I treat my daughter as a young adult. I see her as my equal. This means, to the best of my ability, giving her the space to be who she is, accepting that she is her own person, and not needing her to be what I want her to be. It means supporting her without coddling her. But it’s also not about just letting her do whatever she wants and behave however she wants. She knows that we have standards around responsibility and respect. My daughter values the close relationships we have as a family. She tells me that her friends do not treat their parents with the same respect, and that this is considered normal, with parents pandering to their teenagers who behave like entitled house guests. This was what I also thought was inevitable for us as my daughter approached teenage years, until I realised that just because it is commonly like that doesn’t mean that is how it will be for us. But I didn’t have to force things to be different, they have simply unfolded this way, as I connected to a truer way of living.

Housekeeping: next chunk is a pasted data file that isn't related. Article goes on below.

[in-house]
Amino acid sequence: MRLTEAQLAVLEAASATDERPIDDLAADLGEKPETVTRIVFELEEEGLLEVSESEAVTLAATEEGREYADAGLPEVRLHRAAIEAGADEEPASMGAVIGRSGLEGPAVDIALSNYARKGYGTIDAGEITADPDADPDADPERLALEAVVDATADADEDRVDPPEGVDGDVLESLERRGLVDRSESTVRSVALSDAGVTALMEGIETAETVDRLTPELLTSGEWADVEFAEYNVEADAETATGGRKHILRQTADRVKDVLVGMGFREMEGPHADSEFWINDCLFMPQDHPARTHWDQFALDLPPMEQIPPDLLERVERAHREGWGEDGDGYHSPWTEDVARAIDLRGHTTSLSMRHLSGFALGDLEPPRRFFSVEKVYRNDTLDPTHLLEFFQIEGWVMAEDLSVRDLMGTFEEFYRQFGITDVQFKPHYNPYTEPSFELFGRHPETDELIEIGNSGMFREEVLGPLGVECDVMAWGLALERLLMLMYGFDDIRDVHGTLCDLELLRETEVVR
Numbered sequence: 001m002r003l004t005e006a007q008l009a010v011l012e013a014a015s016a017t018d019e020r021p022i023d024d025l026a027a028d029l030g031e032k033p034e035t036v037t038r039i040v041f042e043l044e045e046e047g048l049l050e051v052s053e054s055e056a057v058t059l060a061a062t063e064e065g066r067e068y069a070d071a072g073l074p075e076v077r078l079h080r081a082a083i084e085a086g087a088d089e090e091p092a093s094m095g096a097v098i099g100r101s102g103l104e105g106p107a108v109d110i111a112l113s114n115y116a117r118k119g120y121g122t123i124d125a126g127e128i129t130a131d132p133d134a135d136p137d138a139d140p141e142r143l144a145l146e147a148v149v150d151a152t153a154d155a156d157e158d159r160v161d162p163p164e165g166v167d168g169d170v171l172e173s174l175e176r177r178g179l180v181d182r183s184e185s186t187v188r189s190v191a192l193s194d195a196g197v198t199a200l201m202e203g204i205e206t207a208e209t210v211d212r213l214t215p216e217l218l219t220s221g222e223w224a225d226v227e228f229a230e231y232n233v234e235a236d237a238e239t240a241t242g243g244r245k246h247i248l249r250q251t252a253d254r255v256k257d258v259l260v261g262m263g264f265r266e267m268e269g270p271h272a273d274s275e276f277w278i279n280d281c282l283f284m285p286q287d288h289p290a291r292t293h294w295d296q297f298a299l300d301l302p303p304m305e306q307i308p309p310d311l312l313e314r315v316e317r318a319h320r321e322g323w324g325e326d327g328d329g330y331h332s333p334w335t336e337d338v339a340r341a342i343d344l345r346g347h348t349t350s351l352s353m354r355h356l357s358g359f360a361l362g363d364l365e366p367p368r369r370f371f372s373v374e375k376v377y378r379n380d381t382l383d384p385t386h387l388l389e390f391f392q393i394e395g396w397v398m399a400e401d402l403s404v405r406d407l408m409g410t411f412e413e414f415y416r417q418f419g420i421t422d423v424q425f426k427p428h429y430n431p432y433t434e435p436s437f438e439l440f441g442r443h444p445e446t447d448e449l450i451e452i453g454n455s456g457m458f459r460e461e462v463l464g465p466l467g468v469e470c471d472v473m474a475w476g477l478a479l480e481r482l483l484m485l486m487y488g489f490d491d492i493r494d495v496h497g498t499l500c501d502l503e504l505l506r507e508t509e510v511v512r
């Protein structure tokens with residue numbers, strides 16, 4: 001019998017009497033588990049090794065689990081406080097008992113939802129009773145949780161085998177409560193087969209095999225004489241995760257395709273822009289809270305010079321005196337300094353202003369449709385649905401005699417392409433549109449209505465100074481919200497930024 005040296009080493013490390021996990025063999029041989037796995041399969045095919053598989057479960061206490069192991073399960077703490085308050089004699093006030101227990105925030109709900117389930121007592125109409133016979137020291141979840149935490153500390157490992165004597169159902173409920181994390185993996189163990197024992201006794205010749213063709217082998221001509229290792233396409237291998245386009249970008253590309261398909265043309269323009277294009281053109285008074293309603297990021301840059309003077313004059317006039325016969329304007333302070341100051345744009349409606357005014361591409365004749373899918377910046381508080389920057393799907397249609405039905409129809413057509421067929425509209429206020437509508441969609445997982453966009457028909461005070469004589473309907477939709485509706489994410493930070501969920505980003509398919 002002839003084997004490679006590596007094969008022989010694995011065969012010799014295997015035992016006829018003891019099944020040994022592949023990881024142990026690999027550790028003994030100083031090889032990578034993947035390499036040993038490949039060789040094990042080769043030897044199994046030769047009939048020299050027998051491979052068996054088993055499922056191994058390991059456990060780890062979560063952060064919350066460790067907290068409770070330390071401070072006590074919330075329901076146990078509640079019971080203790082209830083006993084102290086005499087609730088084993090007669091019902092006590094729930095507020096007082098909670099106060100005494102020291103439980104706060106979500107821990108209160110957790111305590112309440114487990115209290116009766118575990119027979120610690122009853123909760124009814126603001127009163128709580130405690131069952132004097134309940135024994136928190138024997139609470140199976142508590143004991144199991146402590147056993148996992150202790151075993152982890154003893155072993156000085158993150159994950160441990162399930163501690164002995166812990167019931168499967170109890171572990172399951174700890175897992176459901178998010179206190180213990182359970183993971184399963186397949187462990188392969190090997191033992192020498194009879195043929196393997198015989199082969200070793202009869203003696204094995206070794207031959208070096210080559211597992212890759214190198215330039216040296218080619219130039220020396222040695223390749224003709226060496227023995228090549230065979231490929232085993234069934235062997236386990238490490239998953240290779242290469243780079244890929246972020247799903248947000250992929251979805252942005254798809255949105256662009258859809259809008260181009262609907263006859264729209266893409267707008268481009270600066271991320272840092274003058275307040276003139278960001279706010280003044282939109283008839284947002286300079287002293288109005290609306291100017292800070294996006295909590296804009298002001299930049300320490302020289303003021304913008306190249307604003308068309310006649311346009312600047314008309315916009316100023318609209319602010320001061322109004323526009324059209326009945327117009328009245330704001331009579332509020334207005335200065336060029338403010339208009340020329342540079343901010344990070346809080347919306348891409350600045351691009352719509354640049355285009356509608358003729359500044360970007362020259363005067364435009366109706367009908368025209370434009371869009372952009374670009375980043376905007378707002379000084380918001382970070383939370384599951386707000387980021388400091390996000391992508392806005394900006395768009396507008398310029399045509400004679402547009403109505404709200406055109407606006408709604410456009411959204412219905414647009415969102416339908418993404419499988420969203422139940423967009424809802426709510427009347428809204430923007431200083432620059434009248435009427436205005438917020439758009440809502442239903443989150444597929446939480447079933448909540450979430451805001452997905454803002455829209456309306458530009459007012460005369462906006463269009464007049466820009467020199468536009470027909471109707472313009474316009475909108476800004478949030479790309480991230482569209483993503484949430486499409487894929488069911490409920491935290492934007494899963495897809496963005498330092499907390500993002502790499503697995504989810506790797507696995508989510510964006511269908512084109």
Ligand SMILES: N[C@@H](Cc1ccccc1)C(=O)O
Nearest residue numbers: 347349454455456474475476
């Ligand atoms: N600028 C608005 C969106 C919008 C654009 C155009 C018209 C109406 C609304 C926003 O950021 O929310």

What has supported me the most in my parenting journey is to connect deeply to my innermost, and to parent from there. From that place I can meet my daughter for who she is and deeply cherish her. The way I have developed as a woman and as a mother from living in connection with myself, and the way I have deepened, have all been astutely observed by my daughter. Me living the truth of who I am supports her to do so as well.

How have I begun to live the truth of who I am? By applying the principles of the Ageless Wisdom, and discovering that there is an essence within me that remains untouched by the world, and by the hurts I have experienced. It is the day-to-day application of these principles and a living way, not confined to mere beliefs or theory, that has allowed for profound healing, and a deepening into greater love, transparency and intimacy with myself and others. The Ageless Wisdom has helped me to reconnect to a profound inner sense of truth that is not easily apparent in the world today.